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Monday, March 28, 2016

Argus A-Series Resources


The U.S. patent for the original Argus A showed C.A. Verschoor as the
 inventor, but the drawings and the design were surely the work of Gustave Fassin.

Literature on the Argus A cameras is not as copious as that for the later C3, but there are still some excellent resources available for learning about the first Argus cameras and their use.

1.   Glass, Brass & Chrome: The American 35mm Miniature Camera by Kalton C. Lahue and Joseph A. Bailey includes a good historical overview of the development of the Argus cameras. While the book's editing leaves something to be desired, the great virtue of the book is that the authors write from personal experience, providing real insights into the features and foibles of the cameras discussed A lengthy preview of the book is available on line through Google Books.

2.   35mm For the Proletariat: A Modern User's Guide to the Argus A/A2 Camera by Hrad Kuzyk is a welcome recent addition to Argus lore . The author, improbably, took his ancient Argus A along on a tour of duty in Iraq. I had it in the back of my mind to get an Argus A for a long time, and this book pushed me over the edge. As the author explains in his preface:

    "This book is intended to be a user's guide, not a collector's guide. As such, it does not concern itself with current street value, scarcity, condition rating, or other such collector-related information. While there is much of this text of interest to a collector of Argus cameras, this book concentrates predominantly on those issues that would be of importance to a user."

Some features of the A-model Argus are not very intuitive, so this guide is a big help in getting started with the camera. The excellent illustrations of repair procedures just about guarantee that nearly any Argus A can be made functional. The book is available in its entirety on line as a pdf file at TheArgusA.com.

3.   Complete disassembly instructions for the Argus ILEX Precise shutter is available at the Camera Collecting and Restoration web site. Most Argus A cameras will not require that level of intervention, but the well-illustrated, step-by-step procedures provide the ultimate resource for the worst-case scenario.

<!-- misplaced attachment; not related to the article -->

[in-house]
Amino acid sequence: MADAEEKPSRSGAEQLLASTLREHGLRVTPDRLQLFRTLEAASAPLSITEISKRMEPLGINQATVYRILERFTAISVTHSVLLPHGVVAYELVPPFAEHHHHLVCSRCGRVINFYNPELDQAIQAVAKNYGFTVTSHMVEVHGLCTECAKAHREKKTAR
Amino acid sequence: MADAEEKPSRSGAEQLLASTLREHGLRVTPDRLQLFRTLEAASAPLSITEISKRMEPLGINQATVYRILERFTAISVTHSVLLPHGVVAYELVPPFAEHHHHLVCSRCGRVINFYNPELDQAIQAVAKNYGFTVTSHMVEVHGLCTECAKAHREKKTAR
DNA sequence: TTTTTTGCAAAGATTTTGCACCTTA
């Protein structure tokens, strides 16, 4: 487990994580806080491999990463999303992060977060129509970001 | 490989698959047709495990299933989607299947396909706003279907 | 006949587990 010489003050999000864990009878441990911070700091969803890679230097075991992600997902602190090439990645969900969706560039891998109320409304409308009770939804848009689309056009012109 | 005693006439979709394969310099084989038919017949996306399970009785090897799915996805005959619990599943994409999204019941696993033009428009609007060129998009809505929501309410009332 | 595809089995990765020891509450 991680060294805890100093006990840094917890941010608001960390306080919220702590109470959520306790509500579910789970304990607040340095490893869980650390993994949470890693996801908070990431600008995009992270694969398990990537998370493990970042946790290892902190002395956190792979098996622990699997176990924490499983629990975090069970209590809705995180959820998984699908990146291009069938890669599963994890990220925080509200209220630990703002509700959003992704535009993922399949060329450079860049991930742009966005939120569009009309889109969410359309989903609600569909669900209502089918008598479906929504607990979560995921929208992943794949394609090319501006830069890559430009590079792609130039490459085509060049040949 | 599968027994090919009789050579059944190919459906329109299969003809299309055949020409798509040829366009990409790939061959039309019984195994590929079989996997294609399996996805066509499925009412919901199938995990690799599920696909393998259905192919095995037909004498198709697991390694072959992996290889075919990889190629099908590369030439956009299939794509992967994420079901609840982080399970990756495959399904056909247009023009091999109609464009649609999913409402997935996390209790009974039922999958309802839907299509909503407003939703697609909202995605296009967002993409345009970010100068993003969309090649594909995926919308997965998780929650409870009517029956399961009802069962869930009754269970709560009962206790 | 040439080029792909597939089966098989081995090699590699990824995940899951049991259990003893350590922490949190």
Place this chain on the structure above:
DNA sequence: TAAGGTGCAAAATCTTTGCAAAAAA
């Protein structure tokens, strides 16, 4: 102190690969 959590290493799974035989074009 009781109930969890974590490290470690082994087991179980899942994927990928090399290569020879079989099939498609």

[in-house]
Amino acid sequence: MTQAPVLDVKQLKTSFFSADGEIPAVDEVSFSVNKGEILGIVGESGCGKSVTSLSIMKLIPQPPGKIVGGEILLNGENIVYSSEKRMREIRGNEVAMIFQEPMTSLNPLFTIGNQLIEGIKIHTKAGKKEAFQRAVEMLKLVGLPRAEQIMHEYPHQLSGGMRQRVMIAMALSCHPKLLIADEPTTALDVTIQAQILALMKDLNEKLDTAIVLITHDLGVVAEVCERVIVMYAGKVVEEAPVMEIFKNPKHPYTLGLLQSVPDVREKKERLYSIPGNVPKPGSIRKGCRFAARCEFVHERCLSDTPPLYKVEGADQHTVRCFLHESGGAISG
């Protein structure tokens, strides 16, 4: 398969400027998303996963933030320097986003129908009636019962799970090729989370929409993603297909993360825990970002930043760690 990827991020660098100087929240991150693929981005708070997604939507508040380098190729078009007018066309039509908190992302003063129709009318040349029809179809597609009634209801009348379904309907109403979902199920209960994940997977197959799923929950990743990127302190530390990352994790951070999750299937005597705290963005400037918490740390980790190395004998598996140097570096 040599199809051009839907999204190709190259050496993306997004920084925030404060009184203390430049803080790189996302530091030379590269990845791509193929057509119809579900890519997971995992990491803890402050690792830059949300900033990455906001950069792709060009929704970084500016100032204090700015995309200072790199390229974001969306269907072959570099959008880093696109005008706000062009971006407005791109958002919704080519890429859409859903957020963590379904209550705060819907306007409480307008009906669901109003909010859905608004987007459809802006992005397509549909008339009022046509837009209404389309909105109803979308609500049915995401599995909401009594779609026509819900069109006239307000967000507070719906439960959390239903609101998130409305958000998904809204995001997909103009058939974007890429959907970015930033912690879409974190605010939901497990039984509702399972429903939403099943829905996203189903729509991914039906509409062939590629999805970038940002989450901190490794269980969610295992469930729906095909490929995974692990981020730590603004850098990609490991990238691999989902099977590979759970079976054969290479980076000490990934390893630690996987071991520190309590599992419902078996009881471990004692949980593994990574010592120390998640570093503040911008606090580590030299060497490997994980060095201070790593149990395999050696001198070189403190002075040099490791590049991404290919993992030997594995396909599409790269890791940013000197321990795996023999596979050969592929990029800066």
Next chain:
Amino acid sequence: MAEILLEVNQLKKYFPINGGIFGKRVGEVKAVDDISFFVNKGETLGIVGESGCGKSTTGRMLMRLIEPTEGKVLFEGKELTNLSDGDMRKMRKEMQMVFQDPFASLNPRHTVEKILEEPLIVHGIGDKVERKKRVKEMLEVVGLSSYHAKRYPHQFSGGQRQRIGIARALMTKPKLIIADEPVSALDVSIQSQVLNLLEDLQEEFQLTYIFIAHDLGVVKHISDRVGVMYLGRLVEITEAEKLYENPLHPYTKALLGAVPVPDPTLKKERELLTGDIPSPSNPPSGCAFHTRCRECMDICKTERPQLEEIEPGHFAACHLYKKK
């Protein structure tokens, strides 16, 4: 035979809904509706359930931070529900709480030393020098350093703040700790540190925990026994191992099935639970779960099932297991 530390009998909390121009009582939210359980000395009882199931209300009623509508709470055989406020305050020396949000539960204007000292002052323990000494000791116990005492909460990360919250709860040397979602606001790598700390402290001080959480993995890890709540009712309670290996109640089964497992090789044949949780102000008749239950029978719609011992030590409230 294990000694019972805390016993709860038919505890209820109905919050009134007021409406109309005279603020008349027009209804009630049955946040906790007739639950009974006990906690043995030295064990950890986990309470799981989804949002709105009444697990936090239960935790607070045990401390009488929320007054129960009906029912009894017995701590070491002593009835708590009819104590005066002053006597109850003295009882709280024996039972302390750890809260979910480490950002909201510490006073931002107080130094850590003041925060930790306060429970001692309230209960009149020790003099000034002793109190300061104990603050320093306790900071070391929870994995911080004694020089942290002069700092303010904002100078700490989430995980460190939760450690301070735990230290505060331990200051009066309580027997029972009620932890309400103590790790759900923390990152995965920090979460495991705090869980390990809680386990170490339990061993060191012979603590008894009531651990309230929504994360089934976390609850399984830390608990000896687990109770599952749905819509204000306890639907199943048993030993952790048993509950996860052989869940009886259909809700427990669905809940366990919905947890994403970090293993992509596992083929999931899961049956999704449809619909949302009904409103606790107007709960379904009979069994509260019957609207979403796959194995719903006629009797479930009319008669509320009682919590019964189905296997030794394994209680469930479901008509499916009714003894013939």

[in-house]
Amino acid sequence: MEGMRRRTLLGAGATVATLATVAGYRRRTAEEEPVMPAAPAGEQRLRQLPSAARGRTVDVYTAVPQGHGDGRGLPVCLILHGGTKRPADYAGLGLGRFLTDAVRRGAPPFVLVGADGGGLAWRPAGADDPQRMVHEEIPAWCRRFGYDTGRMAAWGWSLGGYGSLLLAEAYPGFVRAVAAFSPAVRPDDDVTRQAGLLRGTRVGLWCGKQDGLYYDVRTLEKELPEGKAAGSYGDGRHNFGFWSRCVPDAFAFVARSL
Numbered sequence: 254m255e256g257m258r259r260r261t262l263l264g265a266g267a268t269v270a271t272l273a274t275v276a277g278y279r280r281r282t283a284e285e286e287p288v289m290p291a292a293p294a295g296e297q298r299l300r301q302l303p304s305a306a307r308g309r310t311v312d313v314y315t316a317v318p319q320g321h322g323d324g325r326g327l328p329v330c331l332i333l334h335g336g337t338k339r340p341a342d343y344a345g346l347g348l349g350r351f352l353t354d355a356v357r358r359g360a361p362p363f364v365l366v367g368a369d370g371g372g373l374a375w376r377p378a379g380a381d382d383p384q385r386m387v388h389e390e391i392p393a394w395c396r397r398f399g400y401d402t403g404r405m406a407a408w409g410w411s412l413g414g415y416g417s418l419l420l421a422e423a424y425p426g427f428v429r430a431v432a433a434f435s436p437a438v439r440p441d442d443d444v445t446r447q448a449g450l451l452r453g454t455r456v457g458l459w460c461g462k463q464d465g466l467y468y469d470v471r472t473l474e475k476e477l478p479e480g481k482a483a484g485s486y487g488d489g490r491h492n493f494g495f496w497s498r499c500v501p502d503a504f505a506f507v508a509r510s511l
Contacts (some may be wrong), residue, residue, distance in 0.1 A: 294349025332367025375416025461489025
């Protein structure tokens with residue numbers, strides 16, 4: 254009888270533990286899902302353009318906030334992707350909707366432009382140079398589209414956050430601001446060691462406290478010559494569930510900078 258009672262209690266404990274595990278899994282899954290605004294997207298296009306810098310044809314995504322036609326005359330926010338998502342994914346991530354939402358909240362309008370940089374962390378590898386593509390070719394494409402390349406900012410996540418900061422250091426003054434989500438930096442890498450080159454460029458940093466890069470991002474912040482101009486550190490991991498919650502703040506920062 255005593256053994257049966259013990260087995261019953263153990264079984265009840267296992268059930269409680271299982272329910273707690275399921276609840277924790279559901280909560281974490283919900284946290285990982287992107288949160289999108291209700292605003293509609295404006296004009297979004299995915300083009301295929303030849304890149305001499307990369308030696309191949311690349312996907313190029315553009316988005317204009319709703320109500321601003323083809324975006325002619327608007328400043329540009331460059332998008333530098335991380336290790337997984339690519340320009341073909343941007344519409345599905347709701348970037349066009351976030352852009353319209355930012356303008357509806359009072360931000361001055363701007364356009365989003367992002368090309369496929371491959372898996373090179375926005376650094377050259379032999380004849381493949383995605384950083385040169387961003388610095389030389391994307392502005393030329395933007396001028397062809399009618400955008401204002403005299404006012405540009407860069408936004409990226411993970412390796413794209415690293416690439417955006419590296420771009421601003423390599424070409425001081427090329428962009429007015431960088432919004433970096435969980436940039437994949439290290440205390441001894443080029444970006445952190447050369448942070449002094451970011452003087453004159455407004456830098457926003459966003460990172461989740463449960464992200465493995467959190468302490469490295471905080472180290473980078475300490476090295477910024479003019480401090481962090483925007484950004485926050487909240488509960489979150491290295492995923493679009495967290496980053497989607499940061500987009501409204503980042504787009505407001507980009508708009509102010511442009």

4.  All the A-Series Argus cameras are illustrated on a page at the Argus Collectors Group site

5.  View the Argus A2F User Manual.


All of my A-Series photographs have been made with the Argus AF and the Argus A2F cameras.

 And, here is the real me, exposed at arm's length by the Argus A2F:


4 comments:

JR Smith said...

So nice to see posts here again. One of my favorite blog spots!

Mike said...

Much of what I am posting is recycled from my now-abandoned web site. I'm trying to beef up the info with more personal experiences. I have come up with a few new ideas to explore, and I also have a few new photo projects in the works.

Dan Coakley said...

Hello

This is all very interesting and I would like to hear more. I am quite interested in the Argus A series of cameras for actual modern day use.Any advice will be appreciated. I have heard that the lens "speed" might have been a bit optimistic. I have several A series cameras. This includes a CC ColorCamera with a meter that works and is reasonably accurate.
I also collect and use folding plate cameras (that were converted to cut film along time ago).
These are mostly German made.

Dan Coakley

Mike said...

Hi, Dan.
Always pleased to find another Argus fan. I had a lot of fun with the Argus A cameras. They turned out to be a lot more capable of making good images than they were generally given credit for when I first started playing with them.

I'm not likely to do any more shooting with my Argus A cameras. I think the best place to find current info on their use is probably the Argus Camera Group at Flickr. (https://www.flickr.com/groups/arguscg/)